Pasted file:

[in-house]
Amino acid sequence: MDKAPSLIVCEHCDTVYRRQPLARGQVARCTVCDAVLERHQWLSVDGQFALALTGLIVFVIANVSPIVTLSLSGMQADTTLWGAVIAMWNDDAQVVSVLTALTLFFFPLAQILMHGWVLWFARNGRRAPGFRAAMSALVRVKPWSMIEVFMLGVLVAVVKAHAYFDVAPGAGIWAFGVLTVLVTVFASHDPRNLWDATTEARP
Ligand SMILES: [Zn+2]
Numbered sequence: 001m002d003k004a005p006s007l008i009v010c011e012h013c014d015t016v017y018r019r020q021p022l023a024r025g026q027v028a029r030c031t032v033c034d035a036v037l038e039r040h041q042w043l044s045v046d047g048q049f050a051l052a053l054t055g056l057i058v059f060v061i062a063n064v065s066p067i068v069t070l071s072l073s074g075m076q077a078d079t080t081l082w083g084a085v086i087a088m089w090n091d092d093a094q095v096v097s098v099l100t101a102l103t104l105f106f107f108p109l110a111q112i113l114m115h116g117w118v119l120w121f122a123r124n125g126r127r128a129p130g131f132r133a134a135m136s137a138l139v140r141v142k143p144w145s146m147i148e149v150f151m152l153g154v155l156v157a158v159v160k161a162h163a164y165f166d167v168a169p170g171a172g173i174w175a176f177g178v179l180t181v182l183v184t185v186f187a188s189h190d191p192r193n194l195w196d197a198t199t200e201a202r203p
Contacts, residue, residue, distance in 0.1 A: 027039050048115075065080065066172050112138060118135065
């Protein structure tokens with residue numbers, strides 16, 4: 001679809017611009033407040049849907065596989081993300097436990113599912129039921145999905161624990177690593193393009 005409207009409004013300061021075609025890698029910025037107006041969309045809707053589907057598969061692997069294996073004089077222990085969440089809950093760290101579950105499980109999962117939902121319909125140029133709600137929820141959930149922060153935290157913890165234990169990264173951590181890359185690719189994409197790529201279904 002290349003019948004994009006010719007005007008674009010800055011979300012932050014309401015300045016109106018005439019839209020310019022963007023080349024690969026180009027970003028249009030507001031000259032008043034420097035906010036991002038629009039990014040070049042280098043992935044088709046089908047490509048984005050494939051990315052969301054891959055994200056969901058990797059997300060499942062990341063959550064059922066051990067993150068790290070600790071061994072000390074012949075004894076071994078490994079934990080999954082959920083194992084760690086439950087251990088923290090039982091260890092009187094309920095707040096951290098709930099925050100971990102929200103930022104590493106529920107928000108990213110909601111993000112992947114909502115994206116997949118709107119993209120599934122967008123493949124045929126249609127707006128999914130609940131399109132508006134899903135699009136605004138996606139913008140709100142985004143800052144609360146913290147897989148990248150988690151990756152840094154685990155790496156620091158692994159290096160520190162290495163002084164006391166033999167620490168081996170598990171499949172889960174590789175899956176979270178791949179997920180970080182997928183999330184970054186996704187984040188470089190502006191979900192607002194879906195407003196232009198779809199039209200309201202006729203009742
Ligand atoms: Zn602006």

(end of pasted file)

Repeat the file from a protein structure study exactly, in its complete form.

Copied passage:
[in-house]
Amino acid sequence: MDKAPSLIVCEHCDTVYRRQPLARGQVARCTVCDAVLERHQWLSVDGQFALALTGLIVFVIANVSPIVTLSLSGMQADTTLWGAVIAMWNDDAQVVSVLTALTLFFFPLAQILMHGWVLWFARNGRRAPGFRAAMSALVRVKPWSMIEVFMLGVLVAVVKAHAYFDVAPGAGIWAFGVLTVLVTVFASHDPRNLWDATTEARP
Ligand SMILES: [Zn+2]
Numbered sequence: 001m002d003k004a005p006s007l008i009v010c011e012h013c014d015t016v017y018r019r020q021p022l023a024r025g026q027v028a029r030c031t032v033c034d035a036v037l038e039r040h041q042w043l044s045v046d047g048q049f050a051l052a053l054t055g056l057i058v059f060v061i062a063n064v065s066p067i068v069t070l071s072l073s074g075m076q077a078d079t080t081l082w083g084a085v086i087a088m089w090n091d092d093a094q095v096v097s098v099l100t101a102l103t104l105f106f107f108p109l110a111q112i113l114m115h116g117w118v119l120w121f122a123r124n125g126r127r128a129p130g131f132r133a134a135m136s137a138l139v140r141v142k143p144w145s146m147i148e149v150f151m152l153g154v155l156v157a158v159v160k161a162h163a164y165f166d167v168a169p170g171a172g173i174w175a176f177g178v179l180t181v182l183v184t185v186f187a188s189h190d191p192r193n194l195w196d197a198t199t200e201a202r203p
Contacts, residue, residue, distance in 0.1 A: 027039050048115075065080065066172050112138060118135065
């Protein structure tokens with residue numbers, strides 16, 4: 001679809017611009033407040049849907065596989081993300097436990113599912129039921145999905161624990177690593193393009 005409207009409004013300061021075609025890698029910025037107006041969309045809707053589907057598969061692997069294996073004089077222990085969440089809950093760290101579950105499980109999962117939902121319909125140029133709600137929820141959930149922060153935290157913890165234990169990264173951590181890359185690719189994409197790529201279904 002290349003019948004994009006010719007005007008674009010800055011979300012932050014309401015300045016109106018005439019839209020310019022963007023080349024690969026180009027970003028249009030507001031000259032008043034420097035906010036991002038629009039990014040070049042280098043992935044088709046089908047490509048984005050494939051990315052969301054891959055994200056969901058990797059997300060499942062990341063959550064059922066051990067993150068790290070600790071061994072000390074012949075004894076071994078490994079934990080999954082959920083194992084760690086439950087251990088923290090039982091260890092009187094309920095707040096951290098709930099925050100971990102929200103930022104590493106529920107928000108990213110909601111993000112992947114909502115994206116997949118709107119993209120599934122967008123493949124045929126249609127707006128999914130609940131399109132508006134899903135699009136605004138996606139913008140709100142985004143800052144609360146913290147897989148990248150988690151990756152840094154685990155790496156620091158692994159290096160520190162290495163002084164006391166033999167620490168081996170598990171499949172889960174590789175899956176979270178791949179997920180970080182997928183999330184970054186996704187984040188470089190502006191979900192607002194879906195407003196232009198779809199039209200309201202006729203009742
Ligand atoms: Zn602006």